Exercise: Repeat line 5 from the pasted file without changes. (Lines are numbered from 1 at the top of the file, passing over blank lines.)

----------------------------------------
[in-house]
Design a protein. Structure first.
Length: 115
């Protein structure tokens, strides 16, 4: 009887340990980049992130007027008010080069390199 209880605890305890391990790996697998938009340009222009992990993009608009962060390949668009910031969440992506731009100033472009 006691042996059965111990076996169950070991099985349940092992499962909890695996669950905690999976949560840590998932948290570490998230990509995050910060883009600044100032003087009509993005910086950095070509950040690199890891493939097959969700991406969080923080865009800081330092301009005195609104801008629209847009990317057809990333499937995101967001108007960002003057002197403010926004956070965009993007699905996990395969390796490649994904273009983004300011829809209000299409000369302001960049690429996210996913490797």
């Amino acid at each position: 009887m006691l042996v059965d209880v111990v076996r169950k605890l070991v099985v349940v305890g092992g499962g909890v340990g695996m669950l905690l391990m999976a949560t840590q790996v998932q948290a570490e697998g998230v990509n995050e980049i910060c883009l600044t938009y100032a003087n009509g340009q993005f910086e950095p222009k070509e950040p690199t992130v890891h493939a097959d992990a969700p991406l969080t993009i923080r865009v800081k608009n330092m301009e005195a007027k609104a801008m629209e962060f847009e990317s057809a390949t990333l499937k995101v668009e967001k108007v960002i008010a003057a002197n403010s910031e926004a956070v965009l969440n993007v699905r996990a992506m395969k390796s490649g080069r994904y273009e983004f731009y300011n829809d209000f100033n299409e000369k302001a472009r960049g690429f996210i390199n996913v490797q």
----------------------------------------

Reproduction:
């Amino acid at each position: 009887m006691l042996v059965d209880v111990v076996r169950k605890l070991v099985v349940v305890g092992g499962g909890v340990g695996m669950l905690l391990m999976a949560t840590q790996v998932q948290a570490e697998g998230v990509n995050e980049i910060c883009l600044t938009y100032a003087n009509g340009q993005f910086e950095p222009k070509e950040p690199t992130v890891h493939a097959d992990a969700p991406l969080t993009i923080r865009v800081k608009n330092m301009e005195a007027k609104a801008m629209e962060f847009e990317s057809a390949t990333l499937k995101v668009e967001k108007v960002i008010a003057a002197n403010s910031e926004a956070v965009l969440n993007v699905r996990a992506m395969k390796s490649g080069r994904y273009e983004f731009y300011n829809d209000f100033n299409e000369k302001a472009r960049g690429f996210i390199n996913v490797q």